Another of the tributes issued to David Amess came from Jeremy Corbyn. But recently the former Labour leader spoke at a fringe meeting at conference, at which he said: ‘You’ve probably noticed members of the Socialist Campaign Group disproportionately go through hell, high water and beyond at the hands of the media and the briefing machines… can we just have a thought tonight in absolute solidarity with our great friend Claudia Webbe for what she’s going through?’

Last Wednesday, Webbe was found guilty of harassment after threatening to throw acid at her partner’s female friend, and to send naked photos of her to her children.

The hatred on the far Right of politics is – rightly – well documented. But it’s no longer sustainable to continue to ignore and normalise the hatred nurtured within the mainstream of the Labour Party and the wider Labour movement.

When it was reported that Iain Duncan Smith and his wife had been assaulted walking towards the secure zone of the Tory Party conference, it was done so almost as an afterthought. The abuse and harassment of Conservative MPs and delegates attending their conference has become so routine it barely merits comment.

In fact, a perception has formed that for Tories this is merely the price of doing business.

Within Labour – the mainstream of the party, not the fringe – that is literally the view. The belief is that the Tories, simply because they are Tories, deserve what’s coming to them.

As I wrote a couple of weeks ago, Angela Rayner did not brand all her Conservative parliamentary colleagues ‘scum’ because she really believes they’re all scum. She said it because she’s politically ambitious, and she thinks to get on in the Labour Party this is what her members want to hear. And she’s right, they do.

When it was reported that Iain Duncan Smith and his wife had been assaulted walking towards the secure zone of the Tory Party conference, it was done so almost as an afterthought

When it was reported that Iain Duncan Smith and his wife had been assaulted walking towards the secure zone of the Tory Party conference, it was done so almost as an afterthought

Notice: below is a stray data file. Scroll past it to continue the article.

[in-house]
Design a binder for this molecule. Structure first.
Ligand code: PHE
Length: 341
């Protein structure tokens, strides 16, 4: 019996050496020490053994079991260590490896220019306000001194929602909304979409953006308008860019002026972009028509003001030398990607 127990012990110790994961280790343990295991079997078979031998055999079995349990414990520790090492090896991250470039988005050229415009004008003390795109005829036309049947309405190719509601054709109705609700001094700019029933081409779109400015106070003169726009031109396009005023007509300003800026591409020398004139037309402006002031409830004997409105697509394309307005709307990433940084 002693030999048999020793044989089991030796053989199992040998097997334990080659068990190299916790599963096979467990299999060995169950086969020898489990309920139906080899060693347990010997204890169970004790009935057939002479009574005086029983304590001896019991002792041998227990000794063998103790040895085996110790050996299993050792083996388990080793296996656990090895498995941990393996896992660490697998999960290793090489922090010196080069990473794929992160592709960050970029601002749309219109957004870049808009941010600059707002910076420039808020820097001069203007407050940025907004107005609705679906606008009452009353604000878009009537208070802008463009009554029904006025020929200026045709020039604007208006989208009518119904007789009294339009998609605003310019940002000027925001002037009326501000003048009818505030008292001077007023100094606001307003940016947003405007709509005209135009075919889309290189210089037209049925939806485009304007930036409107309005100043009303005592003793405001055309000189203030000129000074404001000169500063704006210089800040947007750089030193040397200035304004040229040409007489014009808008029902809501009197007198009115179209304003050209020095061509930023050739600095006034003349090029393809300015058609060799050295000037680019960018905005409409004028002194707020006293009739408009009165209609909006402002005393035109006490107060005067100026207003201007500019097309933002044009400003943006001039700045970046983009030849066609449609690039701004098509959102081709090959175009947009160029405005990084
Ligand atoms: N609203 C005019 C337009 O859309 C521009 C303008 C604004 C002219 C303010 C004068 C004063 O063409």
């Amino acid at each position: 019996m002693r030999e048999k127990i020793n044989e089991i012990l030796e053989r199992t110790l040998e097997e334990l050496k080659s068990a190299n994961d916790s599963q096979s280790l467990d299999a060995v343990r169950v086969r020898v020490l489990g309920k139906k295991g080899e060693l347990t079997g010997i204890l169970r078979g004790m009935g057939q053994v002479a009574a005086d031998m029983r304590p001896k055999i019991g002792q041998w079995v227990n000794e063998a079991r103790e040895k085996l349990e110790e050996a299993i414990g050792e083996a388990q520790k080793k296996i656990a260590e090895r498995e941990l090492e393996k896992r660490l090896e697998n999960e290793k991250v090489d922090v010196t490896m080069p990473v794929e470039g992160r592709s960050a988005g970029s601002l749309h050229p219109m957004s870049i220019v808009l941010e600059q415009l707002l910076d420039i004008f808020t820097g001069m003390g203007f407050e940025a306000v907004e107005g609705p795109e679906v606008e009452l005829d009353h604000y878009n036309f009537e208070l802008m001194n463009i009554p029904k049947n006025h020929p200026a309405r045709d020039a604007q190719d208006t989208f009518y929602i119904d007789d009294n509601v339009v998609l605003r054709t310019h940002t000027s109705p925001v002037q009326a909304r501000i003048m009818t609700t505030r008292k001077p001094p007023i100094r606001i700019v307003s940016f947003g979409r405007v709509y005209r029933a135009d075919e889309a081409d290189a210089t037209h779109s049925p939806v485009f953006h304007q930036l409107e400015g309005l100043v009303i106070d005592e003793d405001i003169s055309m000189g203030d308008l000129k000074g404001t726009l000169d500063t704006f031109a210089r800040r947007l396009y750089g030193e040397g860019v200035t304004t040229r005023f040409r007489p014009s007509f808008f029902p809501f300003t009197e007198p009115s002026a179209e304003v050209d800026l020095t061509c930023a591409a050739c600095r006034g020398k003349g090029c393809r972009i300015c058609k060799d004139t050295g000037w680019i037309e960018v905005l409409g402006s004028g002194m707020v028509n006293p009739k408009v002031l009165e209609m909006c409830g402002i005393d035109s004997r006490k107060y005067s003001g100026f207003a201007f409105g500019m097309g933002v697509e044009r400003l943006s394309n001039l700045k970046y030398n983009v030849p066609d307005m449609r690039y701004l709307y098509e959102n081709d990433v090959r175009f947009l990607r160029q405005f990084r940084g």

Politics is tough. All parties attempt to caricature – and to an extent demonise – their opponents. It was Conservative Central Office that was behind the most literal example, the Tony Blair ‘Demon Eyes’ poster. 

But it is no longer possible to draw equivalence about the toxicity that exists within the two main parties. A visceral hatred of Tories is now embedded in Labour’s DNA in a way that is simply not reciprocated.

John McDonnell is not some Twitter warrior, but the former Labour Shadow Chancellor. Does anyone seriously think Rishi Sunak would contemplate instructing Tory activists to subject his opponents to the ominous-sounding direct action?

Could anyone imagine Theresa May expressing ‘solidarity’ with a Tory MP a day after evidence had been presented in court they had threatened to throw acid in someone’s face?

It’s not OK any more. Casual hatred of Conservative politicians and activists simply for committing the crime of being Conservatives is not acceptable. Not just because it ultimately proves counterproductive to the Left’s cause. Or because of the threat it poses to wider political engagement and democratic discourse. It’s wrong because it’s wrong.

A visceral hatred of Tories is now embedded in Labour’s DNA in a way that is simply not reciprocated. John McDonnell is not some Twitter warrior, but the former Labour Shadow Chancellor

A visceral hatred of Tories is now embedded in Labour’s DNA in a way that is simply not reciprocated. John McDonnell is not some Twitter warrior, but the former Labour Shadow Chancellor

And everyone – at least every sensible, decent person, of which there are many – in Labour’s ranks knows it’s wrong. Keir Starmer knows it. Angela Rayner knows it. Every Labour MP knows it. How ‘Never Kissed A Tory’ hatred is the currency of Labour politics.

It can’t continue like this. It can’t take the killing of a Conservative MP in their constituency office for the Left to set aside their tribalism and acknowledge the essential decency of one of their opponents.

Not least because that tribalism will not be set aside for long. Tomorrow, the House of Commons will gather for a moment of reflection. Sir Keir Starmer and other Labour MPs will help lead the tributes. And then it will be back to business as usual. ‘Tories – they hate the poor, they hate the migrants. They deserve everything they get.’

They don’t. Because they’re not ‘scum’. Tories are good, honest, decent, committed public servants, who just happen to have a different political philosophy.

David Amess wasn’t the exception, he was the rule. And it’s time for people on the Left – indeed, for all of us – to start to recognise it.